10. 'I just found out today that the man from Japan is coming to visit us over Christmas, this is ace news because we haven't seen him for a couple of years.'
  11. 'If gift articles have characteristics of ace craftsmanship, they also merit to be preserved as things of beauty.'


(in tennis and similar games) serve an ace against (an opponent)
  1. 'Carmen aced four serves with the remaining serves so strong, that the Dublin team could only send over a weak reply which was duly punished by fabulous hitting from Eimhinn, Gabrielle and Carlow's captain, Christine Harte.'
  2. 'And strong running serves have a better chance of acing the opposition, while a standing serve has less chance of netting.'
  3. 'Today Prakash, Vijay's 19-year-old son and Stephen, Anand's 18-year-old son are acing their way into the tennis circuit that is a lot tougher than the ones their fathers played in their days.'
  4. 'Harsh then punched out a return and set Carraz on the match point and the Frenchman aced his way to the final.'
  5. 'He got the message, gave Gracie and me a salute, and ran back to his game, serving the ball and acing it.'
  6. 'there was a prize for the first player to ace the hole'
  7. 'Using the same ball and the same club, he aced the 167 yard fifth hole at Slade Valley.'
  8. 'He recorded the highlight of the weekend by acing the par 3 15th hole.'
  9. 'Last Christmas Eve, father and son played Big Canyon in Newport Beach, Calif., and Tiger aced the third hole.'
  10. 'Toini Norman, 72, aced the par three 14th at Pelican Waters Golf Club on Australia s Sunshine Coast a few weeks ago.'
  11. 'Playing the Ironwood Course near Phoenix in June 1976, he aced the 8th hole, knocked in another at the 13 th and followed that with another ace at the next hole!'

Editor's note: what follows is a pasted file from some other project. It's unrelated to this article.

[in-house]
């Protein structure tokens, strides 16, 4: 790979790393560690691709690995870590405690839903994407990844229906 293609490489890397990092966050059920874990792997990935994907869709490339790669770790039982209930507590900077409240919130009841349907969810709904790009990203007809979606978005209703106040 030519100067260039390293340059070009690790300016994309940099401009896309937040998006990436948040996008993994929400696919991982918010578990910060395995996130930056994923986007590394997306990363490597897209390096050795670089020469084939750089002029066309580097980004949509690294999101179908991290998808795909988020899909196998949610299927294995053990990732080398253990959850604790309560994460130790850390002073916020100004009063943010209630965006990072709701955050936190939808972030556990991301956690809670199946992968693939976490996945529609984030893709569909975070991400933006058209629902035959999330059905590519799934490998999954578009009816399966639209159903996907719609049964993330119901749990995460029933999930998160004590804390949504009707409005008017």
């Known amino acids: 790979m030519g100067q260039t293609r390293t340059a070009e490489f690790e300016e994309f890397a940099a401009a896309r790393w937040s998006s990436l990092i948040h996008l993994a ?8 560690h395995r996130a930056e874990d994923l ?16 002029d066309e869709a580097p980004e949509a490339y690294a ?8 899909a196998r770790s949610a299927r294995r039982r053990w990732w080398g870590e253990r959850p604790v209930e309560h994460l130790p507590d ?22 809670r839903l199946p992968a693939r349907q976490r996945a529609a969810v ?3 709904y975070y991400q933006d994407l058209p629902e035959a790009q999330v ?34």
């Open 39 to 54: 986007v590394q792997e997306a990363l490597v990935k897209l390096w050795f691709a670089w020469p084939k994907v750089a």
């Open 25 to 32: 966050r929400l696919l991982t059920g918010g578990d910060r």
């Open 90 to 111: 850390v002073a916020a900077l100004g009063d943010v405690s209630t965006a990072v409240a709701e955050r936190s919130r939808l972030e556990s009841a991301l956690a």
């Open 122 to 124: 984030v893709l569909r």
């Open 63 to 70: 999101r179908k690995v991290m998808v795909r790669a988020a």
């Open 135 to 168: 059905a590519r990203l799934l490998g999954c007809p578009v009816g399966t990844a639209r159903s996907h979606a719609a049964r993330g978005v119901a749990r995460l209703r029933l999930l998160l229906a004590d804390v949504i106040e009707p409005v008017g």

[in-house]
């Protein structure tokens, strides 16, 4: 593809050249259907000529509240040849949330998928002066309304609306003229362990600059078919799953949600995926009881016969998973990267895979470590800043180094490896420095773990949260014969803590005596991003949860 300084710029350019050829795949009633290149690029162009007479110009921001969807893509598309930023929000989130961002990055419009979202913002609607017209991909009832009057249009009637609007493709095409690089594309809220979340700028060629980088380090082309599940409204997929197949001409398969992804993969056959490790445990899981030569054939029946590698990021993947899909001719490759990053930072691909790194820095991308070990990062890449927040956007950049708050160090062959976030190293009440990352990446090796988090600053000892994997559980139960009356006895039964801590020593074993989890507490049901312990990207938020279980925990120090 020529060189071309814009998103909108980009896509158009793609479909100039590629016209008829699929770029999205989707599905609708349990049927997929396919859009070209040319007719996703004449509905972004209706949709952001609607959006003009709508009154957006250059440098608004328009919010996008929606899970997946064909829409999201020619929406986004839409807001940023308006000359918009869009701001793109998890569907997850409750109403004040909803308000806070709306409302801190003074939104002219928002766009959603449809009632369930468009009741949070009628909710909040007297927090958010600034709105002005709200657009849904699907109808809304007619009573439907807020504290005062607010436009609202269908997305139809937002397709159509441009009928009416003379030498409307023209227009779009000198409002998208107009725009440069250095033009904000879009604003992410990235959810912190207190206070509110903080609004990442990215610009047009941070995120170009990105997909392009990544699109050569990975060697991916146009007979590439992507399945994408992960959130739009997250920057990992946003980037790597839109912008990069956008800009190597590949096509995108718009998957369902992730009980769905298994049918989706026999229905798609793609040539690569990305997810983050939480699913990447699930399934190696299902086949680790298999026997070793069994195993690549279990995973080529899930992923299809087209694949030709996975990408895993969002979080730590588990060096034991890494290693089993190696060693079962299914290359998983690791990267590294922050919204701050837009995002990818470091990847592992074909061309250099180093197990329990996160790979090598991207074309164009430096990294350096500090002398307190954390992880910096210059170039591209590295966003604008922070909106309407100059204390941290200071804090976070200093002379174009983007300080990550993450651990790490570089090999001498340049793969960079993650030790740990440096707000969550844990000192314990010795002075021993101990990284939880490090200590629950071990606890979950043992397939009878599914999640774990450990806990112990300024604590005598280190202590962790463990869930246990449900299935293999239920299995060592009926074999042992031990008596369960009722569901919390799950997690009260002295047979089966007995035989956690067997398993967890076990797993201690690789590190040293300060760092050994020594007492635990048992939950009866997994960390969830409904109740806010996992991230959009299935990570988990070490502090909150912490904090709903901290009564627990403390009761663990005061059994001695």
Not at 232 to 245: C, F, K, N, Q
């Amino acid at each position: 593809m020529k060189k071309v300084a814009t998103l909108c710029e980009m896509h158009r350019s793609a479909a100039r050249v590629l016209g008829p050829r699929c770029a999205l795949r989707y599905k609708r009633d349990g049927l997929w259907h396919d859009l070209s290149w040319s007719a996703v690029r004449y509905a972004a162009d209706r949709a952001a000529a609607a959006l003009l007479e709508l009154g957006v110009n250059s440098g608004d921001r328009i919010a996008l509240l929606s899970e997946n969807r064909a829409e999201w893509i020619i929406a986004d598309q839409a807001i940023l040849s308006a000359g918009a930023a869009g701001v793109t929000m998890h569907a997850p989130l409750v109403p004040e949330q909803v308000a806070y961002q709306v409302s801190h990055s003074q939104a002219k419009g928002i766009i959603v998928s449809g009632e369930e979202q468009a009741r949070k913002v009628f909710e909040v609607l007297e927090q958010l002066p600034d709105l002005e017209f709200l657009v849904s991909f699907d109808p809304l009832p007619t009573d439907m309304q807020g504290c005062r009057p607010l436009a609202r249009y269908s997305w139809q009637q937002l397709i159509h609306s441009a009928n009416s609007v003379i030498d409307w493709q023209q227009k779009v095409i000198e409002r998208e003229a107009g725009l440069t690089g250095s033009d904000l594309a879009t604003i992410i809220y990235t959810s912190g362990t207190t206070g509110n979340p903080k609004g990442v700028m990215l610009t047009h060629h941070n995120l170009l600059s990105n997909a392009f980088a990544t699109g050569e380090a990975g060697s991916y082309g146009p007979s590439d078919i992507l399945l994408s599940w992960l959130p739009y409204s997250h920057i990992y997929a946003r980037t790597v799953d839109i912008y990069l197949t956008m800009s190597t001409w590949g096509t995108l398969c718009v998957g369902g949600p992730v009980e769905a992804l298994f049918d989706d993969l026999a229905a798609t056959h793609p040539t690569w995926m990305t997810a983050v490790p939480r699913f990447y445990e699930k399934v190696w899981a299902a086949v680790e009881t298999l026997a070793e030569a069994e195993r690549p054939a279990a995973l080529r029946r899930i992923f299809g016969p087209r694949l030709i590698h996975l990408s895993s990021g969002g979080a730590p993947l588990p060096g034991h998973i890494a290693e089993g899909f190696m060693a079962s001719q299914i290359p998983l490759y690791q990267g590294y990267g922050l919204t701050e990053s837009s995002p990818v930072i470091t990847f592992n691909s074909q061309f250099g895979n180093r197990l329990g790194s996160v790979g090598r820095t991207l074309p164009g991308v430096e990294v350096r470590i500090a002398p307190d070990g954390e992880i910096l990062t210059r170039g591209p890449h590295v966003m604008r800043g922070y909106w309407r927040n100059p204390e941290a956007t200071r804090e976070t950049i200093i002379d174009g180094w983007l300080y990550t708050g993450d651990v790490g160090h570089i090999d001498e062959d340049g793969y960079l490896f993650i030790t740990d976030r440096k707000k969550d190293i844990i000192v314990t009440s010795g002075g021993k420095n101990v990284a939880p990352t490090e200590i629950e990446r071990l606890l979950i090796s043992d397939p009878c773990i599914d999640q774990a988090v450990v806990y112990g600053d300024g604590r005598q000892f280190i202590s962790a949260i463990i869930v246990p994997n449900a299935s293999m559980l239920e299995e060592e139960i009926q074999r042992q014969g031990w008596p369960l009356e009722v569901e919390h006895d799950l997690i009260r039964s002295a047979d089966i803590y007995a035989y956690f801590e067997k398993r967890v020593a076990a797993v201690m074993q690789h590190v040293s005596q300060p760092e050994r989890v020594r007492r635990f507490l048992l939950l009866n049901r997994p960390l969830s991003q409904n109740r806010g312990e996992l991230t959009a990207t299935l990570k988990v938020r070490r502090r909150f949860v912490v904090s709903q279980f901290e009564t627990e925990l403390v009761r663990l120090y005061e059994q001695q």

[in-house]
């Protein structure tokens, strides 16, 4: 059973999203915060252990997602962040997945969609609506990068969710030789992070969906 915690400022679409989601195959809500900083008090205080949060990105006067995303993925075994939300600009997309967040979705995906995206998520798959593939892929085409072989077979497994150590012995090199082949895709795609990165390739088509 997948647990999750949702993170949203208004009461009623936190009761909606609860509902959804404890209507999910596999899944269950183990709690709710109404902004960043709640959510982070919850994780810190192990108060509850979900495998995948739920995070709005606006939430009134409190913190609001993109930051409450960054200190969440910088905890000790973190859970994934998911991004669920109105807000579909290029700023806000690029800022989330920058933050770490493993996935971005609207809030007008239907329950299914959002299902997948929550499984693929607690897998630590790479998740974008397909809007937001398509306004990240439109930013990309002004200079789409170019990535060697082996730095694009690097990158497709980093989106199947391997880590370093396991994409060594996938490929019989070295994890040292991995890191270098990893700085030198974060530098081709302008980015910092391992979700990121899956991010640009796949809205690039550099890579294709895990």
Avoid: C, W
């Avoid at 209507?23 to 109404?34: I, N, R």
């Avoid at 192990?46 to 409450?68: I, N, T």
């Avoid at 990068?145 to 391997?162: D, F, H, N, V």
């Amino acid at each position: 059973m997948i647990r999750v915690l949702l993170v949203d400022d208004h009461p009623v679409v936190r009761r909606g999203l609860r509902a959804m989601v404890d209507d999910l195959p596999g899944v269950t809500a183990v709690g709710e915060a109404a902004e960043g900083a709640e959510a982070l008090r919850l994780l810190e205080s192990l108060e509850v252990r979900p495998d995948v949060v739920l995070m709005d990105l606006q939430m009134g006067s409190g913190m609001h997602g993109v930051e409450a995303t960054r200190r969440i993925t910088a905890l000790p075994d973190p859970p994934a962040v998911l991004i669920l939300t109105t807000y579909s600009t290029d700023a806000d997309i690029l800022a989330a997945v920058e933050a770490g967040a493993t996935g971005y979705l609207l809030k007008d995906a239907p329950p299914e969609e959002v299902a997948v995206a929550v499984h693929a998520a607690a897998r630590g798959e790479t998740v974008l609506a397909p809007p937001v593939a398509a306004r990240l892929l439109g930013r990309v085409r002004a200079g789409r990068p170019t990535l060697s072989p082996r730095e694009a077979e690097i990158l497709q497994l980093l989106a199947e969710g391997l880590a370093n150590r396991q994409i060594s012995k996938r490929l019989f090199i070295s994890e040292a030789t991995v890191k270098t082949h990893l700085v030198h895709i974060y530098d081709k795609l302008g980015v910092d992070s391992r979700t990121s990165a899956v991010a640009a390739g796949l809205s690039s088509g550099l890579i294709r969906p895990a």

12. 'Playing her first full round of golf, with two friends and an adult in July, Smiley, 12, aced the 110-yard 11 th hole at Lomas Santa Fe Executive Course.'
  13. 'He aced the 226-yard eighth hole with a four-iron in a front nine of 29 that had him on course to break the magical 60 barrier.'
  14. 'The Forest of Galtres GC player notched his first hole in one when he aced the 170-yard par three 11 th hole at The Oaks using a four iron.'
  15. 'The 34-year-old former paratrooper aced the 16th hole and then birdied the last for a final round 68 and a two-stroke 14-under winning total.'
  16. 'The South African world number two, looking to lift the Claret Jug for the second time, was three under with eight holes to play after acing the par-three eighth.'
Achieve high marks in (a test or exam)
  1. 'Any studious teen can memorize the driver's ed guidebook to ace the written exam.'
  2. 'Umm, Marvin, a 700 combined score isn't really acing your SATs.'
  3. 'Gripping her bag for added support, she murmured softly, ‘It depends on what you call acing a subject.’'
  4. 'And anyway, my top priority now is acing my exams.'
  5. 'I never did anything in that class but I aced the final and finished the class with a D-. Does that count?'
  6. 'Sure, you know how to do things - like how to make new friends, ace an English test and get ready for soccer like a month before tryouts, just to name a few.'
  7. 'Expecting to ace a test you didn't study for isn't optimism-it's dreaming!'
  8. 'Why didn't I ace that test when I needed to keep my grades up if I want to get into college?'
  9. 'He resat his Leaving Certificate, aced his exams and restarted at UCD in 2002 as a medical student.'
  10. 'He aced the tests and was welcomed by the other officers.'
  11. 'the magazine won an award, acing out its rivals'